“Delay is the enemy of progress”
— Eliot Spitzer, “Pretty Woman”
Delays and deterrence
“the reporting obligation is an important one in terms of the regulation of the financial services industry and I reject the submission .. that no penalty, or only a nominal penalty, was appropriate”
— Besanko J, ASIC v Statewide Superannuation  FCA 1650 at 123
In the wake of that article, we received numerous questions about the penalty provisions and some criticism of adviser bashing. We still think our assessment was balanced but, in the interest of industry harmony and goodwill to all, we’d like to (briefly) address Australian Securities and Investments Commission v Statewide Superannuation Pty Ltd  FCA 1650 (“ASIC v Statewide”).
ASIC v Statewide Superannuation
Although perhaps not as important as St George’s victory over South Sydney in the Charity Shield, we understand that this was the first case in which a Court imposed civil penalties for a licensee’s poor breach reporting since the penalties were significantly increased in 2019.
As Thucydides observed, no Licensee Executive ever allows mismanagement “without the inward conviction that he would succeed in his design”, so civil penalties, as either a specific or general deterrence, may have limited value. Treasury, more aligned with Cleon than gentle Diodotus, took an alternative view when they significantly strengthened the civil penalty regime in March 2019.
While John Doyle and RI Advice’s treatment demand a degree of attention, it’s worthwhile considering the treatment of Statewide Superannuation Pty Ltd, whose delay in notifying ASIC of reportable breaches caused by administration system failures led to the imposition of a pecuniary penalty of $500,000. Although this may be a rounding error for the bigger banks’ remediation projects, it was a significant penalty for Statewide (even without the complementary $3,500,000 penalty for making false and misleading statements).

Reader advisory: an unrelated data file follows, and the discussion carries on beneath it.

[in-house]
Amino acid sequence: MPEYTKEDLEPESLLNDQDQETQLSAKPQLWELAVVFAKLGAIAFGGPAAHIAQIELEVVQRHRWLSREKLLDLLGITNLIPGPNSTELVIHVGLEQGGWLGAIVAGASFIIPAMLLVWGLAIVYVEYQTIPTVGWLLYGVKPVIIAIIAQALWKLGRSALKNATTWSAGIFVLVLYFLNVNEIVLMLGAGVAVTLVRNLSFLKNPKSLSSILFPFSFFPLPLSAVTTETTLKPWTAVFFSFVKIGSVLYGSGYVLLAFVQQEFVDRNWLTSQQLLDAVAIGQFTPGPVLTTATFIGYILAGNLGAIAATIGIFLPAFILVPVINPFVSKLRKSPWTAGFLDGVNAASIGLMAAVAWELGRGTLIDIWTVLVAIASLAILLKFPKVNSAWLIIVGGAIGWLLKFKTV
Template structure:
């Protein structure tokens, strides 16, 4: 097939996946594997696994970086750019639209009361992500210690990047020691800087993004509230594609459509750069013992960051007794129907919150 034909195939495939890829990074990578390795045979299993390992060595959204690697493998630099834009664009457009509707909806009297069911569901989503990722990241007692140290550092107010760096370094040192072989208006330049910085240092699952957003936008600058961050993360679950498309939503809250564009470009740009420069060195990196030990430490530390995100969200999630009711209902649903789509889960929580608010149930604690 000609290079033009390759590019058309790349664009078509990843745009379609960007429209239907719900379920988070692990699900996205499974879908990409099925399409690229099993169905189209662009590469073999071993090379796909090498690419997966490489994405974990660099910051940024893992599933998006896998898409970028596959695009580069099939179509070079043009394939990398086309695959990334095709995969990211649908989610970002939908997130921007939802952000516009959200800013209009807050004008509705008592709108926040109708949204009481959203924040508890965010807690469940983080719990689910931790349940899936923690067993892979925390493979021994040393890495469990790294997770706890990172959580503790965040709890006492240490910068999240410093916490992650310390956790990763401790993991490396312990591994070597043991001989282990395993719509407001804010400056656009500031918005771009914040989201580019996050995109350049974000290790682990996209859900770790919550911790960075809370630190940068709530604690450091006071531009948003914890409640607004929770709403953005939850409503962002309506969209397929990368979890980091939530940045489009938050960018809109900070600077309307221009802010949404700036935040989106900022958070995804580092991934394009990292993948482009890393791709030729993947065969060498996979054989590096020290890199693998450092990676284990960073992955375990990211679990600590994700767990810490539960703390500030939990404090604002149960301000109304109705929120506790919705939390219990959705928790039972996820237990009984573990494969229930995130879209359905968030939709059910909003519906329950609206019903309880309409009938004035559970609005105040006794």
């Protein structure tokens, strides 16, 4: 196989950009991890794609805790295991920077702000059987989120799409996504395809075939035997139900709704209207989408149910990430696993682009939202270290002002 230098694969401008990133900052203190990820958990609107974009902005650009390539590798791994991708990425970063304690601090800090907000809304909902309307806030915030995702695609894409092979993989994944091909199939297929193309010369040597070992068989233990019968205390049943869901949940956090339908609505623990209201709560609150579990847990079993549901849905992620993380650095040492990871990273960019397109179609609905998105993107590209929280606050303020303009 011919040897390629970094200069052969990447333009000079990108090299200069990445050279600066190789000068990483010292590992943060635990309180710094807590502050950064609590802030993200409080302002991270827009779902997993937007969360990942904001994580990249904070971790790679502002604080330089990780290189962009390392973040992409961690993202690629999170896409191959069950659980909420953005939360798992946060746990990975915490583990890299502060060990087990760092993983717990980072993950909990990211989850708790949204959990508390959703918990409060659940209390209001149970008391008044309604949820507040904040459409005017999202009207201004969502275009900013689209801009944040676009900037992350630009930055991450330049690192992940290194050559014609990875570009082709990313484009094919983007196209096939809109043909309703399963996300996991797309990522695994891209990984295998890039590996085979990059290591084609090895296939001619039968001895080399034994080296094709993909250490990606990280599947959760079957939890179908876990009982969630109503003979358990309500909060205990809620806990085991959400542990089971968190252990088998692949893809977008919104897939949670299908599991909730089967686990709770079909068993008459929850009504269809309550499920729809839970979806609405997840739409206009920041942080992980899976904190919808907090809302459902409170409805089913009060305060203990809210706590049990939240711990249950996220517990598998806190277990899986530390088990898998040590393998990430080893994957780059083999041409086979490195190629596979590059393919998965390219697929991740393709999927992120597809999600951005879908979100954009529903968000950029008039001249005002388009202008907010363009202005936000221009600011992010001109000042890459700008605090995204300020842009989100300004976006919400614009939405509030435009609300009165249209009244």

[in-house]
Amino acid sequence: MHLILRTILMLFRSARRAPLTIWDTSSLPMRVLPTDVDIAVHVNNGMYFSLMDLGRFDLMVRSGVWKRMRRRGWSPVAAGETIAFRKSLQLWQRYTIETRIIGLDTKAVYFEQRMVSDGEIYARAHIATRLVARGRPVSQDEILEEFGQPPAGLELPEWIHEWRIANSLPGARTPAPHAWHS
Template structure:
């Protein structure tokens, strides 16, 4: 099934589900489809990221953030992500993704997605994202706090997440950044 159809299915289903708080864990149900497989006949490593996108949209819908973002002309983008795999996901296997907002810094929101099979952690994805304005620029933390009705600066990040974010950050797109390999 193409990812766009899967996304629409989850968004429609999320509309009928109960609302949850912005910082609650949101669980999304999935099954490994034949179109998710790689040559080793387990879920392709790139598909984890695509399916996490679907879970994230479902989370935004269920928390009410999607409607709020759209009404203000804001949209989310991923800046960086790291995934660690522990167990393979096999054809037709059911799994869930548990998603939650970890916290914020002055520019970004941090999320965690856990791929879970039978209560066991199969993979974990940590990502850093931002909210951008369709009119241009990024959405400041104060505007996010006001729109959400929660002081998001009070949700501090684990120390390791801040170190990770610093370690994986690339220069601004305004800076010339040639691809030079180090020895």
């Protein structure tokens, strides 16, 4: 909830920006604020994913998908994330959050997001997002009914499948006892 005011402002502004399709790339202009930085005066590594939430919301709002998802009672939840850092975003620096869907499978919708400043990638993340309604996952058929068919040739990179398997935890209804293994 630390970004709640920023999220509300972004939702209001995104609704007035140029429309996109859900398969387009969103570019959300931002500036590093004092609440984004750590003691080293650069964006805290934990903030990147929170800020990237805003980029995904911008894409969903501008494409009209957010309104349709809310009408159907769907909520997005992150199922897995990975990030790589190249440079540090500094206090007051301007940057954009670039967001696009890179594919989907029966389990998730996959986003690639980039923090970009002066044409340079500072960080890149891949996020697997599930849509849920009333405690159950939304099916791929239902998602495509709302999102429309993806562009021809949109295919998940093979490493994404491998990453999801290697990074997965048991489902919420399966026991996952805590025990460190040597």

If you’ve ever struggled to produce accurate an FDS from disconnected, legacy payment systems you may empathise with Statewide’s predicament. In this scenario, failures and defects in their administration system caused them to deduct insurance premiums from members without insurance policies. This error was compounded by Statewide issuing annual statements that the affected members held insurance policies and that the Trustee was entitled to deduct fees from their accounts.
Statewide became aware of the problem and, to its credit (and Commissioner Hayne’s relief) neither rationalised and dismissed the problem nor sought to bury the failure as insignificant process issues. Instead, once they became aware of the problem, they commenced a thorough investigation to identify affected persons and quantify the loss or damage.
The problem was that Statewide did not report the breach to ASIC until at least 25 days later than it should have. You’re no doubt aware that, since October 2021, Licensees have thirty (30) days to notify ASIC about reportable situations but, at the time, Statewide were required to notify ASIC within ten (10) days.
Although the Court found that the conduct was not deliberate and the delay was not substantial, it still imposed penalties of $4,000,000 in recognition that early breach reporting is the foundation of effective regulation.
If the numbers don’t bother you, take the time to appreciate that civil and criminal penalties are available under the new breach reporting regime.
The old order is rapidly fading